Understanding the word ‘Creole’
Most academics agree that the word, Creole comes from the Spanish word Criollo, stemming from the verb criar, meaning to create or breed. It was first used to denote those born in the new colonies as opposed to those born in Europe or Africa and was not originally associated with race. The term became especially popular in New Orleans post 1803 as a way to segregate the native born (often of French and Spanish heritage) from the influx of AngloAmericans and their perceived inferiority. Despite the resistance in the wake of the Louisiana purchase, New Orleans slowly Americanized and thus focused less on nativity and more on race. The divide became less about the French versus the Americans and more about white versus black. This culminated in the aftermath of the Civil War and following period of Reconstruction. Once Reconstruction ended there was a White Supremacist backlash that among other things, aggressively arrogated Creole for whites only. The complexity of miscegenistic New Orleans gave way to the simplicity of Black and white. During the Jim Crow era so called “Creoles of Color” continued to refer to themselves simply as Creole and began to migrate out away from the heavily populated Caucasian sections of the city and into the sixth, seventh, eighth, and ninth wards. These wards have historically been overlooked by a city that increasingly valued the color white, despite their contributions to music and civil rights. Today, the definition of Creole is still hotly contested among historical scholars and laymen alike though this contentious debate has very little impact on the lives of those who live, work, and play under the title of Creole. It seems an odd debate given the etymological history of the word and the fact that it is 2016 and we have the first black president of the United States but sadly, old prejudices die hard.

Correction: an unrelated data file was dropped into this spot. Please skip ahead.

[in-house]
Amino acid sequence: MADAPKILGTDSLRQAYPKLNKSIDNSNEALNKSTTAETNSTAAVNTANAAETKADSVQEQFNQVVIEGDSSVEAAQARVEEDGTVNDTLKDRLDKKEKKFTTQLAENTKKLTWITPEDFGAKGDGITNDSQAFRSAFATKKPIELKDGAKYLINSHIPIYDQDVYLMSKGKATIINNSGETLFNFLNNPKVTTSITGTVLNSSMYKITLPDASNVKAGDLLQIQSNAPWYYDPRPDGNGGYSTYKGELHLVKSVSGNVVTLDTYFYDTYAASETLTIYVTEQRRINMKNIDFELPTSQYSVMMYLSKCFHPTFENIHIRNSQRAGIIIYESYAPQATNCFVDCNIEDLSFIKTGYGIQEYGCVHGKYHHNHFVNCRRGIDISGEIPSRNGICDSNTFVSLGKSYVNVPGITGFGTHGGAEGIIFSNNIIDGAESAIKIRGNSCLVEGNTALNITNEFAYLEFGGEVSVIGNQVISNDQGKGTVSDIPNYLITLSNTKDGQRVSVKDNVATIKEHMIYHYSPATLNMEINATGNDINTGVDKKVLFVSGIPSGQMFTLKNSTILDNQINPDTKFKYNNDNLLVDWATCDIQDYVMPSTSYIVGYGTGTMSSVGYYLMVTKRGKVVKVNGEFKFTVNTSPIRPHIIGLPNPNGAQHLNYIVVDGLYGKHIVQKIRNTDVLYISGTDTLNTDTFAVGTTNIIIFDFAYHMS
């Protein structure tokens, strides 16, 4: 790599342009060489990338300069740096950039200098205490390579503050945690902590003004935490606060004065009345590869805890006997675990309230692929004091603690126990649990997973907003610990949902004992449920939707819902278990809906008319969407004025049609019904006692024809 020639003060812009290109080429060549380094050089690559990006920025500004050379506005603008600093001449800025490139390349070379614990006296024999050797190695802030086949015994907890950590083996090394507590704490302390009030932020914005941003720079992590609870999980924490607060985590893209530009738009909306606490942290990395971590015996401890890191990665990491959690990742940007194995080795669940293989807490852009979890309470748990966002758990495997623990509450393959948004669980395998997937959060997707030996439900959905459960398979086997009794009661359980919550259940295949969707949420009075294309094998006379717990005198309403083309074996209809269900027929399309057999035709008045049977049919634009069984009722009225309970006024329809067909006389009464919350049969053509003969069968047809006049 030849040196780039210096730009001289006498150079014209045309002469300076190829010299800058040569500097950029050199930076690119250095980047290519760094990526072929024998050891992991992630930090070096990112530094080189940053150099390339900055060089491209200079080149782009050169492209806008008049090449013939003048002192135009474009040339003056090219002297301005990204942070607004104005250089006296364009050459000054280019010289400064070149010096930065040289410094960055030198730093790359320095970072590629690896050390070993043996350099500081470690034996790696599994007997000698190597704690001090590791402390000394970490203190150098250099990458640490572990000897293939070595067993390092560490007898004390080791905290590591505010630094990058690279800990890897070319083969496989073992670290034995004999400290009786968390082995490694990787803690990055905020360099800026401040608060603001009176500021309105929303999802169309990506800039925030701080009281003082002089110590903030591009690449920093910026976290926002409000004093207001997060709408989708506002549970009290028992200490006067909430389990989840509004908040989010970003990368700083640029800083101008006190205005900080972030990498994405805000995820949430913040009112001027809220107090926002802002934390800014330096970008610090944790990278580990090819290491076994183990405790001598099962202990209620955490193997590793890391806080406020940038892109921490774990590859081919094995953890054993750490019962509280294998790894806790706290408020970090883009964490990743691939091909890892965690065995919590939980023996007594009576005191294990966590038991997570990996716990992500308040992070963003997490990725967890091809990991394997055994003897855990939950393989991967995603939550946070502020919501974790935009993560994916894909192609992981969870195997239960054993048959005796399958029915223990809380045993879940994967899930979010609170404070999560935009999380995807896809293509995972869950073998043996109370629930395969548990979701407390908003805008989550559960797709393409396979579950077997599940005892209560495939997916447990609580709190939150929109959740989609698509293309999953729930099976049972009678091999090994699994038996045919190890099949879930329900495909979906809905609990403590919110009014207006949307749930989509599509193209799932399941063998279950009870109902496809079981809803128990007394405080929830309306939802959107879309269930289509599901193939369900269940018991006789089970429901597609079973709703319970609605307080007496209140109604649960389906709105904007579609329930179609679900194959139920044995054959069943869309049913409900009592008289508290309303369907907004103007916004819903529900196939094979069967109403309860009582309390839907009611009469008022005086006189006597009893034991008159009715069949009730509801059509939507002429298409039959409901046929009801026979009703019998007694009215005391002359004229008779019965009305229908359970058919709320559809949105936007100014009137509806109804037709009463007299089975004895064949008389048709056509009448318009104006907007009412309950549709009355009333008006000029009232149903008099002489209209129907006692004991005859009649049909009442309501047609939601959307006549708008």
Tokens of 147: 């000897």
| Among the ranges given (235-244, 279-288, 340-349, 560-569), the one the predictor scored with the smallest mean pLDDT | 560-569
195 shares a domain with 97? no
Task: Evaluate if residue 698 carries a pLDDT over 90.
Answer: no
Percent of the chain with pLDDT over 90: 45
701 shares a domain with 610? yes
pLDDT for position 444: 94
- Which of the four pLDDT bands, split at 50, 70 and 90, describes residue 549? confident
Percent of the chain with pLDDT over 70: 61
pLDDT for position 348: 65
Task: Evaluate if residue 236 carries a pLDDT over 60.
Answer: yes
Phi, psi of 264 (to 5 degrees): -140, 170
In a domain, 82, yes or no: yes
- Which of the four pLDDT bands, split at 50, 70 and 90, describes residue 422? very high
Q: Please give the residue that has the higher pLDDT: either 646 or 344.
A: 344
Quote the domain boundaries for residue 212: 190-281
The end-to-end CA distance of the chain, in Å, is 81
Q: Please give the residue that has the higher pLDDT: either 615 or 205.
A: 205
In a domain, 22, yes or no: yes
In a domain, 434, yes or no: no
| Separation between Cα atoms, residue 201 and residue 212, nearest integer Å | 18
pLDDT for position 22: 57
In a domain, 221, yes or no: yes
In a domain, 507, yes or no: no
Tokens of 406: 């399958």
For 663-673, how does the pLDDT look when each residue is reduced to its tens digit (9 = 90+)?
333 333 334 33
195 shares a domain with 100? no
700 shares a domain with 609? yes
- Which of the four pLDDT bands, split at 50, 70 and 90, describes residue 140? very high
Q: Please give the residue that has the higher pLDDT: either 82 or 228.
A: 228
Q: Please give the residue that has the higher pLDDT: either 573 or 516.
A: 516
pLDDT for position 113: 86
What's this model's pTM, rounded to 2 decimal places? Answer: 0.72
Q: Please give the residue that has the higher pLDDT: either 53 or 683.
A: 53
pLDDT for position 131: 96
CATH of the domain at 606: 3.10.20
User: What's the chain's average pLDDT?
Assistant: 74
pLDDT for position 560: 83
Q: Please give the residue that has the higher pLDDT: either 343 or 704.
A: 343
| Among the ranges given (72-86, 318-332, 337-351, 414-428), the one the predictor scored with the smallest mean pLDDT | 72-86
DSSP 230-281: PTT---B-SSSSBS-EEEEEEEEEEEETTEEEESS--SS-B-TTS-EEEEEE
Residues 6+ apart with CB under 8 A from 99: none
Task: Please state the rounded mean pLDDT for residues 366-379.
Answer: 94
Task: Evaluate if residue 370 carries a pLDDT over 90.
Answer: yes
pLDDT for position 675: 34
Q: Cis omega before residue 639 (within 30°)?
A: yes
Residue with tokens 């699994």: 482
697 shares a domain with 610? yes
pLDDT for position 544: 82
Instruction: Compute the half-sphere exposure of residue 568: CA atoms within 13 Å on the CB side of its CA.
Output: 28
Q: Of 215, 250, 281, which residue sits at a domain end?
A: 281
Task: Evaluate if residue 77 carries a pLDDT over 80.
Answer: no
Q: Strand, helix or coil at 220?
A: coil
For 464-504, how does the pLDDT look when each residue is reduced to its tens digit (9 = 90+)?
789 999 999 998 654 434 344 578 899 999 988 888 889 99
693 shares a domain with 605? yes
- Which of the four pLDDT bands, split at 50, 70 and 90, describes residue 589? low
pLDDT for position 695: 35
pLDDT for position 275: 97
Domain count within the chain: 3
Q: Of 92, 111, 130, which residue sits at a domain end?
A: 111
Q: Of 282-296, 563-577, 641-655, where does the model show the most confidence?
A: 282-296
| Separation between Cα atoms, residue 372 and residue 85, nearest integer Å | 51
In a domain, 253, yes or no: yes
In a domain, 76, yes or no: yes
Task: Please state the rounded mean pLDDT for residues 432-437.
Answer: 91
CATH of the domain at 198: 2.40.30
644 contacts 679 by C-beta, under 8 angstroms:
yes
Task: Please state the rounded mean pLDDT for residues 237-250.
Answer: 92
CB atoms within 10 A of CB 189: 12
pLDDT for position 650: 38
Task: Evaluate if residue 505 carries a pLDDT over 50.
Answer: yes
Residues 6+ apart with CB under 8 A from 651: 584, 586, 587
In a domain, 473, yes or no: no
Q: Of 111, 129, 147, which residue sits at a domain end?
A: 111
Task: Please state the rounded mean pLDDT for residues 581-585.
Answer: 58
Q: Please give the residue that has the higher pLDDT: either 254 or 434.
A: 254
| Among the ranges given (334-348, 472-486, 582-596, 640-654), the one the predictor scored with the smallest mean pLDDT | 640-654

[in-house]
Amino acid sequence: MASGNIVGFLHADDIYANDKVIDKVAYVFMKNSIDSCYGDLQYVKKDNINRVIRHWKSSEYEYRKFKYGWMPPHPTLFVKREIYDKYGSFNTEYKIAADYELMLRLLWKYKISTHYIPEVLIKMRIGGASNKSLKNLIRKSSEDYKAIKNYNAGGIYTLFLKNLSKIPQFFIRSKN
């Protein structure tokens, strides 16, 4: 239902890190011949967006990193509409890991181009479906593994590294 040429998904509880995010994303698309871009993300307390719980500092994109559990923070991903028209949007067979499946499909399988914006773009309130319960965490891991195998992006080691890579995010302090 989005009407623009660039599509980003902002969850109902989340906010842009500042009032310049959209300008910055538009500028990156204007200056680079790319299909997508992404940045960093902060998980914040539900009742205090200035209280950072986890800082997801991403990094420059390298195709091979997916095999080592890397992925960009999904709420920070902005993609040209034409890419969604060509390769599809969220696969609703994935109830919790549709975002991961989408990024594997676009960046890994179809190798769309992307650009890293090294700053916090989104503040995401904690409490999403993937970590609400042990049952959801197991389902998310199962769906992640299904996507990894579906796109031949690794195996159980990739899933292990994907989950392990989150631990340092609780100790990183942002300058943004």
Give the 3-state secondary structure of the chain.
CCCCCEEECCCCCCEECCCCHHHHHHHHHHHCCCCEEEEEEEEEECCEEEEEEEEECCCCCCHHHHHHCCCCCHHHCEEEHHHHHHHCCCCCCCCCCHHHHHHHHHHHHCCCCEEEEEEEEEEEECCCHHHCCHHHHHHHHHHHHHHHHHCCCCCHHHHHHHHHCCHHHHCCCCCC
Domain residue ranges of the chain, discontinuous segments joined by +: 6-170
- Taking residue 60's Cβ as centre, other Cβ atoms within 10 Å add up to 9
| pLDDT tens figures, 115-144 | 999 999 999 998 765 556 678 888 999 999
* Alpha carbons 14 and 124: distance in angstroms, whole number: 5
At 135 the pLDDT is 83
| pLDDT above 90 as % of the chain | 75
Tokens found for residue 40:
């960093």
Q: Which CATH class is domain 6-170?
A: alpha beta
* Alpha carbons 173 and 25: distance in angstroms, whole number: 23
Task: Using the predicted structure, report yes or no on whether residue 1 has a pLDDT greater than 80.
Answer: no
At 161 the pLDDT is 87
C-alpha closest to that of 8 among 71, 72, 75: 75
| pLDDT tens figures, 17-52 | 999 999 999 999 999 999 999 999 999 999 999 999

Master Tour Guide and Historian
Crescent City Historic Tours